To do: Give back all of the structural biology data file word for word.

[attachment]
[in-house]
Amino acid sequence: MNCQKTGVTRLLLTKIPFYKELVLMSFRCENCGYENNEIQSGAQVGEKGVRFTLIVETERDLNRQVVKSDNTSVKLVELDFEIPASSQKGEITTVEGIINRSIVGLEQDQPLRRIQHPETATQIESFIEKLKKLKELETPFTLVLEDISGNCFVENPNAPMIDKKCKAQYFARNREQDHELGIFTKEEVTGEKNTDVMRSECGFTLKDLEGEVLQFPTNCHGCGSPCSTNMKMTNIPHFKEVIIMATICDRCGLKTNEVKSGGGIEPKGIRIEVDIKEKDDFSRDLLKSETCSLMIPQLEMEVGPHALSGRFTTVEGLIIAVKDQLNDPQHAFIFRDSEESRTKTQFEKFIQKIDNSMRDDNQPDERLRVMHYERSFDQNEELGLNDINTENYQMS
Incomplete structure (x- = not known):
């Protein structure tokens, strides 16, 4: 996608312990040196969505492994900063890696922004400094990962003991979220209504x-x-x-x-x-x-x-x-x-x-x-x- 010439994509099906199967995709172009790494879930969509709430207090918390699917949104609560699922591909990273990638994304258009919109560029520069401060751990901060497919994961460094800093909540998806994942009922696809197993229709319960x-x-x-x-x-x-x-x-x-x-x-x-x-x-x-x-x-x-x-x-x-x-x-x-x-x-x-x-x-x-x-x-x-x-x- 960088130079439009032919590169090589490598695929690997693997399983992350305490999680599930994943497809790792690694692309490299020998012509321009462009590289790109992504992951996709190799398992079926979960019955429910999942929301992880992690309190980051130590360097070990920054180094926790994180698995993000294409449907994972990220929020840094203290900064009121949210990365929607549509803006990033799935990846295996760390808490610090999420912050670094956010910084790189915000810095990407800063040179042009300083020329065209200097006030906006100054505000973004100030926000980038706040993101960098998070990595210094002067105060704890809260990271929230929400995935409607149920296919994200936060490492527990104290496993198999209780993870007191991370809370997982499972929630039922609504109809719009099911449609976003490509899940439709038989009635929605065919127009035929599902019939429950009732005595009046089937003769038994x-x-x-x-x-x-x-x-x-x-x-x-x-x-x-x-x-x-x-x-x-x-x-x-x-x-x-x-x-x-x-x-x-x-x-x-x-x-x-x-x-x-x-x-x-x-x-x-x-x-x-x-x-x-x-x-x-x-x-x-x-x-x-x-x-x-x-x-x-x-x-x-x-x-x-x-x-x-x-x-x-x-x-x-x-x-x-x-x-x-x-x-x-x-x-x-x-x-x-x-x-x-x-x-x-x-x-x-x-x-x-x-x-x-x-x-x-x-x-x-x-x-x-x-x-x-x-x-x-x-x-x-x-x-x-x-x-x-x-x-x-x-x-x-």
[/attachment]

[in-house]
Amino acid sequence: MNCQKTGVTRLLLTKIPFYKELVLMSFRCENCGYENNEIQSGAQVGEKGVRFTLIVETERDLNRQVVKSDNTSVKLVELDFEIPASSQKGEITTVEGIINRSIVGLEQDQPLRRIQHPETATQIESFIEKLKKLKELETPFTLVLEDISGNCFVENPNAPMIDKKCKAQYFARNREQDHELGIFTKEEVTGEKNTDVMRSECGFTLKDLEGEVLQFPTNCHGCGSPCSTNMKMTNIPHFKEVIIMATICDRCGLKTNEVKSGGGIEPKGIRIEVDIKEKDDFSRDLLKSETCSLMIPQLEMEVGPHALSGRFTTVEGLIIAVKDQLNDPQHAFIFRDSEESRTKTQFEKFIQKIDNSMRDDNQPDERLRVMHYERSFDQNEELGLNDINTENYQMS
Incomplete structure (x- = not known):
């Protein structure tokens, strides 16, 4: 996608312990040196969505492994900063890696922004400094990962003991979220209504x-x-x-x-x-x-x-x-x-x-x-x- 010439994509099906199967995709172009790494879930969509709430207090918390699917949104609560699922591909990273990638994304258009919109560029520069401060751990901060497919994961460094800093909540998806994942009922696809197993229709319960x-x-x-x-x-x-x-x-x-x-x-x-x-x-x-x-x-x-x-x-x-x-x-x-x-x-x-x-x-x-x-x-x-x-x- 960088130079439009032919590169090589490598695929690997693997399983992350305490999680599930994943497809790792690694692309490299020998012509321009462009590289790109992504992951996709190799398992079926979960019955429910999942929301992880992690309190980051130590360097070990920054180094926790994180698995993000294409449907994972990220929020840094203290900064009121949210990365929607549509803006990033799935990846295996760390808490610090999420912050670094956010910084790189915000810095990407800063040179042009300083020329065209200097006030906006100054505000973004100030926000980038706040993101960098998070990595210094002067105060704890809260990271929230929400995935409607149920296919994200936060490492527990104290496993198999209780993870007191991370809370997982499972929630039922609504109809719009099911449609976003490509899940439709038989009635929605065919127009035929599902019939429950009732005595009046089937003769038994x-x-x-x-x-x-x-x-x-x-x-x-x-x-x-x-x-x-x-x-x-x-x-x-x-x-x-x-x-x-x-x-x-x-x-x-x-x-x-x-x-x-x-x-x-x-x-x-x-x-x-x-x-x-x-x-x-x-x-x-x-x-x-x-x-x-x-x-x-x-x-x-x-x-x-x-x-x-x-x-x-x-x-x-x-x-x-x-x-x-x-x-x-x-x-x-x-x-x-x-x-x-x-x-x-x-x-x-x-x-x-x-x-x-x-x-x-x-x-x-x-x-x-x-x-x-x-x-x-x-x-x-x-x-x-x-x-x-x-x-x-x-x-x-």